CPSC 170 Lab 10: Queues

As usual, create a lab10 subdirectory for today's lab, open this document in Mozilla, and start emacs.

In class we discussed the Queue data structure. Save the following files to your directory:

Now proceed as follows:

  1. Complete the method definitions in LinkedQueue.java. Remember that in enqueue and dequeue you have to maintain both the front and back pointers -- this takes a little extra thought. Also, you will need a LinkedIterator for the iterator method, but you can use the one from your Bag class -- just copy it to your lab10 directory. You should not need to modify it.

  2. Study the code in TestQueue so you know what it is doing, then compile and run it. Correct any problems in your LinkedQueue class.

  3. Complete the method definitions in ArrayQueue.java. Be sure that you use a circular implementation of the queue -- don't move everything down when you enqueue or dequeue. This means that whenever you increment an index, you have to do it mod the arraysize (use the % operator). As for the linked case, remember to maintain both the front and back indices when you modify the queue. You also have to initialize them, which can take some thought. One possibility is to initialize front to 0 and back to -1. This may look odd, but it works nicely -- when you enqueue the first item, back will increase to 0, which is just what you want. Just be sure to use the number of elements, not the values of front and back, to determine whether the queue is empty.

    The trickiest parts of the array implementation are increaseSize() and iterator(). (Remember that increaseSize is a private method that is called from enqueue when the array is already full. I did not put it in the skeleton, so you'll need to add it.) The front of the queue may not be at location 0 in the old array, but when you increase the size you may as well put it at location 0 in the new array (it's even more complicated if you don't). So your loop that copies needs to keep track of two sets of indices -- the index in the old array, which will need to wrap around, and the index in the new array, which will start at 0. You will need to do something similar in the iterator, since ArrayIterator assumes that the array elements start at location 0. Here you don't need to increase the size of the array, but you do need to create a new array and copy the elements to it starting at location 0 before passing the array to the ArrayIterator constructor. You do not need to modify the ArrayIterator class.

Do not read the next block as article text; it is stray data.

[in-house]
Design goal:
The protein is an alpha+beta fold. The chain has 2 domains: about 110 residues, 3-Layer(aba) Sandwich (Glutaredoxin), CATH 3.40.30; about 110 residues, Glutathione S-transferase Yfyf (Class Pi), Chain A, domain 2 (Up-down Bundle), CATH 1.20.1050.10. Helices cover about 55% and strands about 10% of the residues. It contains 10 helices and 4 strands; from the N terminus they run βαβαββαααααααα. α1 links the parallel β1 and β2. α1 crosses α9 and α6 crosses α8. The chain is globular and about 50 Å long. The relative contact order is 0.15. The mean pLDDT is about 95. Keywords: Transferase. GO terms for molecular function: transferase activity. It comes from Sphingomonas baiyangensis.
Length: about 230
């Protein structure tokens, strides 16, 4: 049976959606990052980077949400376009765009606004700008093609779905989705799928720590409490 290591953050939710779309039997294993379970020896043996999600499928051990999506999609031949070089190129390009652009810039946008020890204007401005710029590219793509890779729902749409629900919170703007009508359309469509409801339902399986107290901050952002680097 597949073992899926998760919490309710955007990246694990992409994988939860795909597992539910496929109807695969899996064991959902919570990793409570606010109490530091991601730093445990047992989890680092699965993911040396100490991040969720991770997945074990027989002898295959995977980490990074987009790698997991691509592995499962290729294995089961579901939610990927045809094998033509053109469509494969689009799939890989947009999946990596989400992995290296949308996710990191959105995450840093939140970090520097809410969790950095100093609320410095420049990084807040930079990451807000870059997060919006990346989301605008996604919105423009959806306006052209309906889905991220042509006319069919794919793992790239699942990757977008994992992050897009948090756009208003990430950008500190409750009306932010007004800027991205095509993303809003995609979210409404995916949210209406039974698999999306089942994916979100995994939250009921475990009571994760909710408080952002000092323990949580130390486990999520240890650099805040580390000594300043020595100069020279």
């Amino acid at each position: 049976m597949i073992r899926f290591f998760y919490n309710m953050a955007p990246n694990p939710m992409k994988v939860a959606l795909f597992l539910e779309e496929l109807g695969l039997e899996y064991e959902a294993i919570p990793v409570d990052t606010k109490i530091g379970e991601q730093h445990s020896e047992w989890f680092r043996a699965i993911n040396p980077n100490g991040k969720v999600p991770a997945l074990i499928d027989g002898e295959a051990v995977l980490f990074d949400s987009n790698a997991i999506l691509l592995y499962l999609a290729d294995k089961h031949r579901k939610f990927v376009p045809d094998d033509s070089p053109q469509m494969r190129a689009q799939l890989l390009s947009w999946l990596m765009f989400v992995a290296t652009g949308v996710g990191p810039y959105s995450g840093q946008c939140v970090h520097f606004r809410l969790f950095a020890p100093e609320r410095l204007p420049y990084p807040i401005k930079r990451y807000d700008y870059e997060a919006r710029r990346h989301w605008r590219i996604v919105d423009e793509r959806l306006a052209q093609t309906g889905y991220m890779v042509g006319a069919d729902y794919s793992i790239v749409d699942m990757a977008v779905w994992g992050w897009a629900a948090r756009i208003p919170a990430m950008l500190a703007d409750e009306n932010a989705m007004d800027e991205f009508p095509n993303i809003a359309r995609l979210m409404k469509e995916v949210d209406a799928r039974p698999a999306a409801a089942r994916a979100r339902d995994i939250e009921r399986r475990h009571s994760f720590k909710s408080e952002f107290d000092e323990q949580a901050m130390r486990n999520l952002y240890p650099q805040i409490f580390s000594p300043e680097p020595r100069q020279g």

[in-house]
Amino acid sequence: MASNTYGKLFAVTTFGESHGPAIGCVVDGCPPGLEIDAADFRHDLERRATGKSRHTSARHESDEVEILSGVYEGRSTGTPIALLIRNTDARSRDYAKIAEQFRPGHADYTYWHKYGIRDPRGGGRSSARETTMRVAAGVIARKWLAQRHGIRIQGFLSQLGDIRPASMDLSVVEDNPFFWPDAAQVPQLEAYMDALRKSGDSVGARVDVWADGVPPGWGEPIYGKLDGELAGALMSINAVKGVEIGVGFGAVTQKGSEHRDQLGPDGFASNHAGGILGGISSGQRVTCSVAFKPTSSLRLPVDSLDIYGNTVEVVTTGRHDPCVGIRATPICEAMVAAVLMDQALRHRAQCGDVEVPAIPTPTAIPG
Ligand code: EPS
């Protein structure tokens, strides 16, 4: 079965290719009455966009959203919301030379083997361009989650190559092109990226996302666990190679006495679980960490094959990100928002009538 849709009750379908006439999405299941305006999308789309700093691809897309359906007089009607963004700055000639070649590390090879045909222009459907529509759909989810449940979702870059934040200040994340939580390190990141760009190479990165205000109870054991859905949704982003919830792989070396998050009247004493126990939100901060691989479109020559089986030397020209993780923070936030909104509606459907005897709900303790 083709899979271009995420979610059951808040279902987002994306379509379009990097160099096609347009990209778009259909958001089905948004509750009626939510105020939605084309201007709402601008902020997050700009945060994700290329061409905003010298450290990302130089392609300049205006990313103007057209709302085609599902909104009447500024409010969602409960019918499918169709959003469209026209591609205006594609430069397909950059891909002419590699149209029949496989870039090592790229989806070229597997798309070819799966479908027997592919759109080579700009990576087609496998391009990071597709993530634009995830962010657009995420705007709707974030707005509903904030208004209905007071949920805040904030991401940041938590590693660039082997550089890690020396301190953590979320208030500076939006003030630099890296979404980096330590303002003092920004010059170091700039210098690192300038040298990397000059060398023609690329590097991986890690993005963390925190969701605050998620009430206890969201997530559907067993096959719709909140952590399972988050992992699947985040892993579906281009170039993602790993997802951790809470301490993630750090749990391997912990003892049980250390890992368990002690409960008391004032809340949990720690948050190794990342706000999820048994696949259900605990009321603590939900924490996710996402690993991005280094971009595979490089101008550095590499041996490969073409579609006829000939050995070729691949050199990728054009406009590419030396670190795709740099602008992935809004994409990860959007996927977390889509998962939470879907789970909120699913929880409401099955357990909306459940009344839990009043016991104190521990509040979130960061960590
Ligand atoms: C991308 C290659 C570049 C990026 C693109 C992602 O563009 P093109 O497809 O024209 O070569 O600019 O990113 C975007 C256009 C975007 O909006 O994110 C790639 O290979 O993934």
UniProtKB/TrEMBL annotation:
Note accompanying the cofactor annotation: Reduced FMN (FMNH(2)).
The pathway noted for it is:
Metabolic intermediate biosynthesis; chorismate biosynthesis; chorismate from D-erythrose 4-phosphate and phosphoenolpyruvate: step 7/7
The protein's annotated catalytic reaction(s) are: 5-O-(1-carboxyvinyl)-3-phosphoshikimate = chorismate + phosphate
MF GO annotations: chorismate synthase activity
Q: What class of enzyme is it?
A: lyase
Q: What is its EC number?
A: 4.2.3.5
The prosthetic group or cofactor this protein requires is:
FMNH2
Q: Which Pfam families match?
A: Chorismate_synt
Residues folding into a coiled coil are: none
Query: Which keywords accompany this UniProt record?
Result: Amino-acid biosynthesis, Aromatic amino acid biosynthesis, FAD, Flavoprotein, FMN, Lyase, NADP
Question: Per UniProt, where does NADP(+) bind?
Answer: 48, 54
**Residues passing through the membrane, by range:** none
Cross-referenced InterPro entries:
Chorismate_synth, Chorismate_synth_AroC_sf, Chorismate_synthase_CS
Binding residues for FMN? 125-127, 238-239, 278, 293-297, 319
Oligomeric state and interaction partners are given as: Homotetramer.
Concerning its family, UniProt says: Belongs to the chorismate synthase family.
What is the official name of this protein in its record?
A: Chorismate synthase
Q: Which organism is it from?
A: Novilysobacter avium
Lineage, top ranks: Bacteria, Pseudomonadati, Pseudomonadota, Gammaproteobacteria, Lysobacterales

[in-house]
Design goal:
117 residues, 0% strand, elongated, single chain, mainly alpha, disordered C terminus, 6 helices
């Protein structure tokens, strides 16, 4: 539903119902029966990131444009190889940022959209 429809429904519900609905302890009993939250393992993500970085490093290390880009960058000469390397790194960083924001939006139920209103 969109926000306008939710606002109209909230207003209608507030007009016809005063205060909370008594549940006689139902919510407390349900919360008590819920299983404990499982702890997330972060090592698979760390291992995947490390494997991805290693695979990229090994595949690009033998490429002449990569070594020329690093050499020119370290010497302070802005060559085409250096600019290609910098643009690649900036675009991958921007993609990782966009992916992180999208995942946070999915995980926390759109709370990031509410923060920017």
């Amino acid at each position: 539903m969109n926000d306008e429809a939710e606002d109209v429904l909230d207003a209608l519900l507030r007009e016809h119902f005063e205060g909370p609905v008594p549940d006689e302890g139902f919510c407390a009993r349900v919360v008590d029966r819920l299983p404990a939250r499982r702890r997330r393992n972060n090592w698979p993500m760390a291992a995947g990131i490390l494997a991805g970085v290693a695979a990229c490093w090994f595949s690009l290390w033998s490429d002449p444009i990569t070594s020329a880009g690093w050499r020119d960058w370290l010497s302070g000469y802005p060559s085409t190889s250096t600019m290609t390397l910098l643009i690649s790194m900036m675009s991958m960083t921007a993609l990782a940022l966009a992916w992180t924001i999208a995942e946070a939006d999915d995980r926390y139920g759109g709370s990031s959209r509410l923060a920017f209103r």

4. Modify TestQueue.java so that it creates an ArrayQueue instead of a LinkedQueue. Don't change anything else in the file! Compile and run it, and be sure that it works as before.

  5. Modify TestQueue.java so that just before it dequeues everything in the queue, it reverses the order of the elements in the queue. There is no Queue method to do this, so you'll have to figure out a way to do it yourself. Do NOT modify ArrayQueue or LinkedQueue. (Hint: Use a stack -- we didn't write one, but you can use the Stack class in java.util, which has the usual push and pop operations.) Print a message saying that you're reversing the queue, but you don't need to print the queue again -- when you print the elements as you dequeue them they'll just come out in reverse order.

What to turn in

Turn in hardcopy of LinkedQueue.java, ArrayQueue.java and TestQueue.java. Tar your lab10 directory and e-mail it to me with cpsc170 lab10 in the Subject line.